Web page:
Vettel went into the 2018 campaign with plenty of optimism that he could overcome Hamilton and go level with Juan Manuel Fangio on five World Drivers’ Championships.
And, for the first half of the season, his Ferrari driver successfully went wheel-to-wheel with the Mercedes man as the duo traded race wins.
However, Sebastian Vettel’s title bid fell apart after the traditional summer break with Hamilton pulling away at the top of the standings.
The 31-year-old’s collapse has led to claims other drivers would have offered more of a challenge to Hamilton when it came to the run-in.
And two-time champion Fernando Alonso is among those who it has been suggested would have stopped the Brit equalling Fangio’s achievements.
Alonso, though, has shied away from nailing his colours to the mast on the matter and instead opted to hail Vettel’s efforts.
‘This too is difficult to say,” Alonso told Italian newspaper Corriere della Sera, when asked if he would have won the 2018 championship in Vettel’s Ferrari.
“Who is ahead, fighting to win and always has everything to lose. And everyone is wrong.
“Perhaps he lost important points but also Hamilton lost them and Vettel did much better than [Kimi] Raikkonen, he fought until the end, he is a champion.
“When he won four World titles everyone spoke of him as a phenomenon and now the same happens with Hamilton.
“The truth is that when there is a lot of attention on you, it always gets difficult.”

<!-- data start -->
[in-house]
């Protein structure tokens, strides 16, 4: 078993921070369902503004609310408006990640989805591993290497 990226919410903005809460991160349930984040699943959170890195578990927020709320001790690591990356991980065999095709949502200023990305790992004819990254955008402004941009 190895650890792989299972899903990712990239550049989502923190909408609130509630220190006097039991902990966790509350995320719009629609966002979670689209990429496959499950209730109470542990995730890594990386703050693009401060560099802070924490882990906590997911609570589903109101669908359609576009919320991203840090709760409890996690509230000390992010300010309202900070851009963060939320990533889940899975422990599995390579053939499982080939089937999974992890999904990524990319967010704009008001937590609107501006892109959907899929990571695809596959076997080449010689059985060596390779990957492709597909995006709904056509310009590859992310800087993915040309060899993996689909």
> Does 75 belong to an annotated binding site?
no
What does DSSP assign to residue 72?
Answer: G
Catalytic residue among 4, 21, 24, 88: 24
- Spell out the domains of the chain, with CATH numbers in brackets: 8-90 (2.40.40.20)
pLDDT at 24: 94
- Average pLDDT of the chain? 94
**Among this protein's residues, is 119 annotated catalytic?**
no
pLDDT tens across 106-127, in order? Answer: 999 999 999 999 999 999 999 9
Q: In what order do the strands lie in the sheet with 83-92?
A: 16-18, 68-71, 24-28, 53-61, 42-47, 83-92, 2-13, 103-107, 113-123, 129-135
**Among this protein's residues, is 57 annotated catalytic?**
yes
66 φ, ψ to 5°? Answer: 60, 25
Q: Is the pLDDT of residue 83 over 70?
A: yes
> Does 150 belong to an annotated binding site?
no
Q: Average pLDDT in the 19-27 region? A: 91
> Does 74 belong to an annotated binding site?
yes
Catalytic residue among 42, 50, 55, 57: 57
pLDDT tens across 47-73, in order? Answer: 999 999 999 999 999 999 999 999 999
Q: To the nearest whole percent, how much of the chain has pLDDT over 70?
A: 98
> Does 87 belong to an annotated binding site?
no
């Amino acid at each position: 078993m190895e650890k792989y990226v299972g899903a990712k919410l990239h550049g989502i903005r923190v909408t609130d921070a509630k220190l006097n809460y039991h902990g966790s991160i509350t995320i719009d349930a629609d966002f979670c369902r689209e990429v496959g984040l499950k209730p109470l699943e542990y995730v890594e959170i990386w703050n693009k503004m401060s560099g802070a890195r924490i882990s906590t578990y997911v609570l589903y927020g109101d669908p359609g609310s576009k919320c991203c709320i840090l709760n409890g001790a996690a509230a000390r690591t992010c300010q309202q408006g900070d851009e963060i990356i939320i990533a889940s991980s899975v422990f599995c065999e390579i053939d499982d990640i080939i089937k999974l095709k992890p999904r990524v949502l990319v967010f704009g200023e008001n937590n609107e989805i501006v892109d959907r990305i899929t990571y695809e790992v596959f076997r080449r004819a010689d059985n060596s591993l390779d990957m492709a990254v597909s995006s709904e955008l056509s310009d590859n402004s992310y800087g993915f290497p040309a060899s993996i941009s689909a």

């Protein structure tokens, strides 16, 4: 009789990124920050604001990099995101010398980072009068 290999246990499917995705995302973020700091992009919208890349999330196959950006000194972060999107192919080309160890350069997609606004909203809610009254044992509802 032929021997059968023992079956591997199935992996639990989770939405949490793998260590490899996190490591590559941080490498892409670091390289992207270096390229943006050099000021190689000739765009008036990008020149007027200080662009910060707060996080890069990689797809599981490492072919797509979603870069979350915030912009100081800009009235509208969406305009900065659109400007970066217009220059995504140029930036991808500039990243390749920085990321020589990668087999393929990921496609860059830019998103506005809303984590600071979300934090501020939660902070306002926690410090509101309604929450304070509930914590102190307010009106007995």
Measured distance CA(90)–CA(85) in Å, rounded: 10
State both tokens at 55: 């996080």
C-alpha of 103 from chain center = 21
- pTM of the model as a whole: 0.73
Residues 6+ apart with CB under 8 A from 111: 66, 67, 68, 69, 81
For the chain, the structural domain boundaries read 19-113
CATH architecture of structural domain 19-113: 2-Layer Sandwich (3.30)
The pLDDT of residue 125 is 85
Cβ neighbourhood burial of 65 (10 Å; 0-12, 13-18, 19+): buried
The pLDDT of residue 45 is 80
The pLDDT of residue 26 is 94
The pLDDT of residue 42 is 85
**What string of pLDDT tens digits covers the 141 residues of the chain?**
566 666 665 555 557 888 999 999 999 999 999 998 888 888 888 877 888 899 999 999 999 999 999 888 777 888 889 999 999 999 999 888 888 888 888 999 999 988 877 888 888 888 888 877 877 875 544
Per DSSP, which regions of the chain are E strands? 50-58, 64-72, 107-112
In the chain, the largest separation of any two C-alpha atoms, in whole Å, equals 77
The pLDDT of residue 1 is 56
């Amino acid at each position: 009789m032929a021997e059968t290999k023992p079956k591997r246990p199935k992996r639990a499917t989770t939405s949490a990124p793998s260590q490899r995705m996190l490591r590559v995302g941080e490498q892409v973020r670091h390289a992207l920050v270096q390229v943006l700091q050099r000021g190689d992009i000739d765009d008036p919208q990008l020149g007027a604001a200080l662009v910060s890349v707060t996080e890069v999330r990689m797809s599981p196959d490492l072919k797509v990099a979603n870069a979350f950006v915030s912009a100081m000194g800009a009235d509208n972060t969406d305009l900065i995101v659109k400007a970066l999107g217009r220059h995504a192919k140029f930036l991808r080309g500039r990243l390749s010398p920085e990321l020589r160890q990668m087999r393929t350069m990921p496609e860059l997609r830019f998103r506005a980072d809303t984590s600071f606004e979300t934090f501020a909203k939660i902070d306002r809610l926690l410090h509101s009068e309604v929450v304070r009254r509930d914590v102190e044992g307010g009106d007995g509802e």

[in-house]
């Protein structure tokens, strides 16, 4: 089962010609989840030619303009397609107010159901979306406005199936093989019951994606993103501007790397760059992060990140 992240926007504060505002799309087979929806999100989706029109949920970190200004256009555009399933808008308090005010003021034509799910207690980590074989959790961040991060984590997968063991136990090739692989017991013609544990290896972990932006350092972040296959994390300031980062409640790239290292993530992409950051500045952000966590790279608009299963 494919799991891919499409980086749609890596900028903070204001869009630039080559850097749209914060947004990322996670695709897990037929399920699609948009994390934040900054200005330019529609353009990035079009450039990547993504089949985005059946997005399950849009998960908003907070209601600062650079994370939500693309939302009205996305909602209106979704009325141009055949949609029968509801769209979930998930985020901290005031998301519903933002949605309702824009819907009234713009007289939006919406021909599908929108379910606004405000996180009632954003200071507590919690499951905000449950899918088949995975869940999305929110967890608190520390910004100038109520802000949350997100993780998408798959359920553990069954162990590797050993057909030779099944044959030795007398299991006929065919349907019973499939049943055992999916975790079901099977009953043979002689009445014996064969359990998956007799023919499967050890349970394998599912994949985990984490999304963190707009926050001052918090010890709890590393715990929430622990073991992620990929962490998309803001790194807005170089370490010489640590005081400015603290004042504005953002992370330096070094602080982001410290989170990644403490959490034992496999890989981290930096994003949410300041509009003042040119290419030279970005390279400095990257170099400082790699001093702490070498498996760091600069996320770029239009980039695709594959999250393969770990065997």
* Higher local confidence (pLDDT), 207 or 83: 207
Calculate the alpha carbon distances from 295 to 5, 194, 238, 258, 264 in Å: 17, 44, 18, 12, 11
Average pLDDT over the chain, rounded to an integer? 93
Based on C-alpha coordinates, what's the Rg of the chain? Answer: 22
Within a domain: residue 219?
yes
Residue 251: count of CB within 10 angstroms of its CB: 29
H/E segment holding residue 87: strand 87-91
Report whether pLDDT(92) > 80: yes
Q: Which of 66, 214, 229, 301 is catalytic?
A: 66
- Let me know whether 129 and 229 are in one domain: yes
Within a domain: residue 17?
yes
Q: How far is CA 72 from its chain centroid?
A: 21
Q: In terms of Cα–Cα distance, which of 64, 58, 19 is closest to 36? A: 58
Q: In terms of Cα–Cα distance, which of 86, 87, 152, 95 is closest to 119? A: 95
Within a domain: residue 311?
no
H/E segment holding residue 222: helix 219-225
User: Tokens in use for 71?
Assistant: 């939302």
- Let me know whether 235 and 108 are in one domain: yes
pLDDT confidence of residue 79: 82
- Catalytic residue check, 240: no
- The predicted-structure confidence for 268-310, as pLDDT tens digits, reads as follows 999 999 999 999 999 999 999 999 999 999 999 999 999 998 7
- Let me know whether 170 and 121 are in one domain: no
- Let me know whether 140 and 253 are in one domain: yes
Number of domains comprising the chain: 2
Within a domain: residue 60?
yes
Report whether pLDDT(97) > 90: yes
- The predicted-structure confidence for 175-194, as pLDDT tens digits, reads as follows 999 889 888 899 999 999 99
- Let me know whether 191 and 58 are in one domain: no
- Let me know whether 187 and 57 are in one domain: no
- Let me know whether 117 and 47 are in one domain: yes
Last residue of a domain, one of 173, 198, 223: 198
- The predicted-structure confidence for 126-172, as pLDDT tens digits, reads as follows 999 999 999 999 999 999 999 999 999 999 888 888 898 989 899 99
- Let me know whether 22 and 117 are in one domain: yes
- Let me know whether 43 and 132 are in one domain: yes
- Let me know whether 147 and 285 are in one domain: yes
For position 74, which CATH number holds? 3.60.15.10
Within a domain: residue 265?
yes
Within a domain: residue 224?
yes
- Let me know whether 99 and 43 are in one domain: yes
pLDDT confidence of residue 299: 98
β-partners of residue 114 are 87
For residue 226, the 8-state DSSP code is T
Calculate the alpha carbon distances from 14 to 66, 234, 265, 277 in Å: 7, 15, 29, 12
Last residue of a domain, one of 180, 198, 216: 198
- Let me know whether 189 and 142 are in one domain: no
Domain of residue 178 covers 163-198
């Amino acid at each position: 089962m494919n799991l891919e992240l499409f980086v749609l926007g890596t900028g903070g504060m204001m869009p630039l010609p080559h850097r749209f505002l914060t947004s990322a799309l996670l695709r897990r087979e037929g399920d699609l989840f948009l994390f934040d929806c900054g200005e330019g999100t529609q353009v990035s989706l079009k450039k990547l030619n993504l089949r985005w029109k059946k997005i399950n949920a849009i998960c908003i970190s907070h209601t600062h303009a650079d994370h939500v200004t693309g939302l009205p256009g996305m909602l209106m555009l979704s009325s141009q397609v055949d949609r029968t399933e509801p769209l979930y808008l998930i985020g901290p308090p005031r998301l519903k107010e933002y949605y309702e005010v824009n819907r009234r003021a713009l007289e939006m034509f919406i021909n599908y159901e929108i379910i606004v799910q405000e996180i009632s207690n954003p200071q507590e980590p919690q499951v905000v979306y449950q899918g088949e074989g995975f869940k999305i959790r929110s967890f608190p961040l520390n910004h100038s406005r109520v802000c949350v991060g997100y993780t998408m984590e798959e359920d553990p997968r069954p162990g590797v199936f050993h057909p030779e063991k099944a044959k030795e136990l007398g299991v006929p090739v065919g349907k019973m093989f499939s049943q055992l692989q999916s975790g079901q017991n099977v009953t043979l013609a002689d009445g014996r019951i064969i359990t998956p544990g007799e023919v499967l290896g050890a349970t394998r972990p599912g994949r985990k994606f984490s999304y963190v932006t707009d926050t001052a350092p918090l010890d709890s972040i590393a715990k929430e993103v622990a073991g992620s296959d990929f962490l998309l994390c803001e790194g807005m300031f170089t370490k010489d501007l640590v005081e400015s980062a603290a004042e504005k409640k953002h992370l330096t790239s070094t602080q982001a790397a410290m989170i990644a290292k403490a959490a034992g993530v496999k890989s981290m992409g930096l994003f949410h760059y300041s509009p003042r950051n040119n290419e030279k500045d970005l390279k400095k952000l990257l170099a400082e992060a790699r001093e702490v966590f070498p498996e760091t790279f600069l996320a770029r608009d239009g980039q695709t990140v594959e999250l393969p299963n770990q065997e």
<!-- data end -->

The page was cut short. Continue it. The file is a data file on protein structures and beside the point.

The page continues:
Alonso brought the curtain down on his F1 career last year having endured a dismal second stint at McLaren.
Motorsport expert Tony Jardine believes the Spaniard will have an array of regrets, despite winning two World Drivers’ Championships.
“It will always, always be in his mind because he’ll be looking at Formula 1, and he’s still at the top of his game, that’s the sad thing, and he’ll be thinking: ‘I could have beaten him, I could have beaten him’,” Jardine exclusively told Express Sport, when asked if Alonso will rue hid decision to retire from F1.
“But he just needed a decent car, but wrong place, wrong time, wrong managerial decisions.
“Those decisions go back to when he’s in a plumb drive at McLaren.
“He throws his toys out of the pram in 2007 because he thinks Hamilton is getting the better treatment and he decides to leave.
“That’s him and his manager, [Flavio] Briatore, and he goes back to Renault.
“Renault were already on a downward slope, so he spent two years in the back water then. What a curious, stupid decision.
“Okay, gets into Ferrari, nearly, nearly [wins] but all those years of being the bridesmaid are very frustrating.
“He showed his incredible talent because the Ferrari wasn’t a great car but yeah, he could win with it.
“And he is lost to Formula 1. It’s sad that we don’t still have him and he’s just going to be a journeyman doing a bit of sports cars, Indy 500, whatever he fancies.”